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If man and woman did not know good and evil, how did they have desire? Desire comes from man or woman thinking that something is good. It says in Genesis Chapter 3 sentence 6, “And when the woman saw that the tree was good for food, and that it was a delight to the eyes..." How did she know the tree looked delightful when she did not know what good was? A. In answer to your question, it is important to define what the Hebrew text has to say. The term "tov" (good) has five different meanings: 1) it may connote something of a practical, economic, or material good, 2) abstract goodness such as desirability, pleasantness, and beauty, 3) quality or expense, 4) moral goodness, and 5) technical orphilosophical good. You seem to be confusing definition 4 and 5 with definitions 1 and 2; Eve merely desired the fruit because it looked like it would taste good! Rabbi Joe is also correct in what he explained regarding the relationship between desire and knowledge-at leaast from the Judaic perspective; however there is a Buddhist variant of the "Fall" story that would suggest there is indeed a connection between the two! "and a tree to be desired to make wise" (Genesis 3:6 -- MKJV) — While there are several versions of the “Fall” narrative in ancient Semitic literature, it is not widely known that a mythic memory of a primordial “Fall” is also recorded in the Oriental world that is especially interesting when seen from the perspective of Jung’s theory of the archetype. Although the Buddhist tradition does not speak of a “Fall” in the Western theological sense, it does speak of a state of “Original Ignorance” that occurred at the dawn of human creation. From ignorance come greed and anger, and jealousy and pride, and from these emotional energies come misdeeds that lead to suffering. The first sin among the ancients that perpetuated the fall was the prejudice of appearance; those of brighter skin began to look down on those with darker skin. Ignorance led to the formation of gender, which eventually gave rise to desire and passion. One ancient Pali Buddhist text [known as the Pâli Aggañña-suttam and the Prâkrit Mahâvastu a. k. a “Aphorism on the Knowledge of the Beginning”] dating back somewhere between the 5th and 1st century B.C.E., records an ancient memory of humanity’s original spiritual descent that invites comparison to the “Fall” narrative of Genesis 3: "Then the organ of womanhood appeared in the woman and the organ of manhood in the man. And the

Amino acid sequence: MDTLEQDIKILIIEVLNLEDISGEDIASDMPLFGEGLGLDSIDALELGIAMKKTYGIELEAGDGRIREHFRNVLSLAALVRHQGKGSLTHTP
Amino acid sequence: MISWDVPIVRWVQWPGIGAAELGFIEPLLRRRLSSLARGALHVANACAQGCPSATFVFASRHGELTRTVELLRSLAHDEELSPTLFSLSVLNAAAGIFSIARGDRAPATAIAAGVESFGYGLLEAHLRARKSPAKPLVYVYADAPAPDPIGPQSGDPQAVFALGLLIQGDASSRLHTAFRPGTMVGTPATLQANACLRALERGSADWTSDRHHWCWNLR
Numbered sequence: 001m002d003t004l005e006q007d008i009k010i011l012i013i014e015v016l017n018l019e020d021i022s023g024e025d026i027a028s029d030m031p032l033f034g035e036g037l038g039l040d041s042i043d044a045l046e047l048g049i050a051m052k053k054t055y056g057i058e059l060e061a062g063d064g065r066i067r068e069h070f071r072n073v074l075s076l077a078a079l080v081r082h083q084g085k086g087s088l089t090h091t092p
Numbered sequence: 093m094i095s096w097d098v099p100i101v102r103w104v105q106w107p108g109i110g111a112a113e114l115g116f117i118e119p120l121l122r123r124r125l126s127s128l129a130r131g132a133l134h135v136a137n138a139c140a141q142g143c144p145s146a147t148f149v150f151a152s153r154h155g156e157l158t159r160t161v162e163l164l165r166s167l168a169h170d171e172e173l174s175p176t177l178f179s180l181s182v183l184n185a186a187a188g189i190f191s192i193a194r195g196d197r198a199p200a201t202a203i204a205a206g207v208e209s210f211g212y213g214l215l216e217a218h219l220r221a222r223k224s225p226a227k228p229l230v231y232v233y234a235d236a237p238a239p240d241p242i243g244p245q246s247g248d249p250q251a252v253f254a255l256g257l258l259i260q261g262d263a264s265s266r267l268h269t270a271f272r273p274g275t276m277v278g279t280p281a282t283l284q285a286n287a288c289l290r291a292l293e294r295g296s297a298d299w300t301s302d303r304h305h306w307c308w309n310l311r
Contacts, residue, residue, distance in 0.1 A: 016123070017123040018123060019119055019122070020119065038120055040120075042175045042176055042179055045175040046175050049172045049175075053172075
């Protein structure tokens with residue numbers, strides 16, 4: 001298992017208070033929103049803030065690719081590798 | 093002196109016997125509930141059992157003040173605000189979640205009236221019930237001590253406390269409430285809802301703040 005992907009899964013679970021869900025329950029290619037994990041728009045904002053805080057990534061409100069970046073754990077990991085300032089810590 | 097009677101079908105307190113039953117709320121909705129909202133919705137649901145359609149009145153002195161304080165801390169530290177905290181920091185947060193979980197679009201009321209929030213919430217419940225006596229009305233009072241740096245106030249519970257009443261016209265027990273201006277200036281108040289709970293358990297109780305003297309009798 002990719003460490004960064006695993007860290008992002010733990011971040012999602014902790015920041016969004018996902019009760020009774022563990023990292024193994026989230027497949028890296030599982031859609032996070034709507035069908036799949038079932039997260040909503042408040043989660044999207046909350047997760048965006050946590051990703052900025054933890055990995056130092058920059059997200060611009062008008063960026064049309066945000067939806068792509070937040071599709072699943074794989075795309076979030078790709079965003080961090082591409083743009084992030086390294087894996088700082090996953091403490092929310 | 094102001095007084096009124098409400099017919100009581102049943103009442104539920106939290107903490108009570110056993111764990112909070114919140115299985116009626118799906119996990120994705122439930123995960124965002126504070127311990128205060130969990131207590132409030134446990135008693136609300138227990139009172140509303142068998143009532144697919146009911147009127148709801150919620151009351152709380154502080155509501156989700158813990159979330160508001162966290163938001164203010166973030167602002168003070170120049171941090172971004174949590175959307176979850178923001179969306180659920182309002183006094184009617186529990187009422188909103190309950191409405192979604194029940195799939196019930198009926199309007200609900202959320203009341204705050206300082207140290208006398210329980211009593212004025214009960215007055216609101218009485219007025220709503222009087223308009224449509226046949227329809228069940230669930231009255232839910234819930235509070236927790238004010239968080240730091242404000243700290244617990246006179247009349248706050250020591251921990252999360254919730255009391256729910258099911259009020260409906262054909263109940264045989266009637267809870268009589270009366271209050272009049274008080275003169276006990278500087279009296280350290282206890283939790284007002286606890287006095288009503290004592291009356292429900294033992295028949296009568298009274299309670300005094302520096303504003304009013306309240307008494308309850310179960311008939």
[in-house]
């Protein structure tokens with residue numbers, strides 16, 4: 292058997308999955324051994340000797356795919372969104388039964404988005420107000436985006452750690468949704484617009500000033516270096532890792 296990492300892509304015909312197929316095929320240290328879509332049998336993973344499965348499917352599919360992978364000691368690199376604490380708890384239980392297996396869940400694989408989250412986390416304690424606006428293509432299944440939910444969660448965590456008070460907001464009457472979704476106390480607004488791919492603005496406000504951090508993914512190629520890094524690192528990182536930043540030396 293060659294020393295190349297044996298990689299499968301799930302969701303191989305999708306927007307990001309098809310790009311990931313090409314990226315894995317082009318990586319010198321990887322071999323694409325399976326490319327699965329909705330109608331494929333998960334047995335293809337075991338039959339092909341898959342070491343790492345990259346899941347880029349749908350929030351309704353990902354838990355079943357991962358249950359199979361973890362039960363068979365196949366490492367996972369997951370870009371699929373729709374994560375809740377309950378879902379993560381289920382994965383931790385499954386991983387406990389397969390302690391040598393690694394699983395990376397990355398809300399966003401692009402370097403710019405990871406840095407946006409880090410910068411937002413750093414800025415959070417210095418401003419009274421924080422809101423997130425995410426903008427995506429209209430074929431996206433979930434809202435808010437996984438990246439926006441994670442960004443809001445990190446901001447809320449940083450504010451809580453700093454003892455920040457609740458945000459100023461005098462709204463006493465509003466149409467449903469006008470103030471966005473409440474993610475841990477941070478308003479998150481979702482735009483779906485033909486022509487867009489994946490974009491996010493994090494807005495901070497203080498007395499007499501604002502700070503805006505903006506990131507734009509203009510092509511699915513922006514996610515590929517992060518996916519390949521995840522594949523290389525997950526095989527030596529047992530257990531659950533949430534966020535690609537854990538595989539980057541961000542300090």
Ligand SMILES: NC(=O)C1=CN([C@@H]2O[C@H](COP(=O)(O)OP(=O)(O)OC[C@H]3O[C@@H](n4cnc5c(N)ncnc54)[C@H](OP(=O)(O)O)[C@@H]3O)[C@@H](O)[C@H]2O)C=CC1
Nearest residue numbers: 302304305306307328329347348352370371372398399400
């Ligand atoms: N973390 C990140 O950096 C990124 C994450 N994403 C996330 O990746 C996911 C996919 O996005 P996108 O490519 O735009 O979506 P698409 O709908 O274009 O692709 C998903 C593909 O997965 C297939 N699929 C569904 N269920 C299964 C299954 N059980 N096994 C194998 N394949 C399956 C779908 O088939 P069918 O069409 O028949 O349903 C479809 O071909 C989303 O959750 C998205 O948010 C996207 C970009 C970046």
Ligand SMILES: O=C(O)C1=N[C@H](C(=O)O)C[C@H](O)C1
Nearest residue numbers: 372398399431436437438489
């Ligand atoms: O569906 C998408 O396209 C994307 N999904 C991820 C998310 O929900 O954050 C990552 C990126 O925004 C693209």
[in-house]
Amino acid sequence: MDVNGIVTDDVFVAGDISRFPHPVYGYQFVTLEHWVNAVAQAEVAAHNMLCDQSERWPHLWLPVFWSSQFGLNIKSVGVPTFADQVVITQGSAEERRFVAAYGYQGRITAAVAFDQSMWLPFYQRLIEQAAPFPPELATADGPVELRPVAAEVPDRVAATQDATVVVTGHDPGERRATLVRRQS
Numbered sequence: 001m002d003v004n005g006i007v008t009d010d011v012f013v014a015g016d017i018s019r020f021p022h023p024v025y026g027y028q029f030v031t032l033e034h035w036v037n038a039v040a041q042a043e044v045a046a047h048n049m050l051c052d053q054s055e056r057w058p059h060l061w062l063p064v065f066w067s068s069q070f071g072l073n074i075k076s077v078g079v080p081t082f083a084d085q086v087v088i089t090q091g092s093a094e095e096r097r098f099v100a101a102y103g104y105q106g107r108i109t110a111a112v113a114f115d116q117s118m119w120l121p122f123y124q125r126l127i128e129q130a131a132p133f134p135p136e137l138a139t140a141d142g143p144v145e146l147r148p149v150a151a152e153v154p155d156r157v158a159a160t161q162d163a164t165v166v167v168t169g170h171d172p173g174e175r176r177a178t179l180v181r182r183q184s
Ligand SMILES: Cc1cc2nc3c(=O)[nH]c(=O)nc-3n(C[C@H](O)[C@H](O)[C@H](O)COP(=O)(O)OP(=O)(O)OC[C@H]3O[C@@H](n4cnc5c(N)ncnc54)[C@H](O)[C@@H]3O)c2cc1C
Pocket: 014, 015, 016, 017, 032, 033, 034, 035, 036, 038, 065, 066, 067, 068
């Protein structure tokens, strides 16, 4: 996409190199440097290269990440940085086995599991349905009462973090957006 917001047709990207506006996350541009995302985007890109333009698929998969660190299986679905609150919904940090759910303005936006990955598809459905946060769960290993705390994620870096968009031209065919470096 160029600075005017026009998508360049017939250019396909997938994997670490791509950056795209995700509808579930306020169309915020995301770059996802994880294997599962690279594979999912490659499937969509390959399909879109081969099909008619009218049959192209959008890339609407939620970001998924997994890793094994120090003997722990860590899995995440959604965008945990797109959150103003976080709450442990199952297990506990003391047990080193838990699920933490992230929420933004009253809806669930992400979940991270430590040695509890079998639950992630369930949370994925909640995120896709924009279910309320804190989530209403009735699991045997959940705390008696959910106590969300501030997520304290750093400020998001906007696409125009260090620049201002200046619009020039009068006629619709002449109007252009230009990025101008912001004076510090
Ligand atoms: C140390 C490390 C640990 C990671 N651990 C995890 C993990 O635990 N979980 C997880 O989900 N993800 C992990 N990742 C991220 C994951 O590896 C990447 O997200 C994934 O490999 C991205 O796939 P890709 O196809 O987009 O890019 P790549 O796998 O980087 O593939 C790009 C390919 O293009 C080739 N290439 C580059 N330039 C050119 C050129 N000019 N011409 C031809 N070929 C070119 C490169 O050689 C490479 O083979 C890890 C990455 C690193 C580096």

woman offered to the man strong drink in excess, and the man unto the woman. And as they did so, passion arose, the act of sex." Buddhist doctrine believes that desire is a principal manifestation of the selfish craving, grasping, or a blind state of want. And it is for this reason, desire is considered to be at the root of human suffering, and suffering entered into their bodies. By reason of the suffering they indulged in

the ultimate goal of Buddhism since has been the extinguishment of all desire. In Judaism, desire in itself is neutral, provided one learns how to sublimate it and master it. Jewish tradition teaches that without desire, the human race would have died in its infancy. I recall reading that many of the early Buddhists died without siring children because they considered sexuality to be sinful. In any event, thanks for raising an interesting topic. Rabbi Dr. Michael Samuel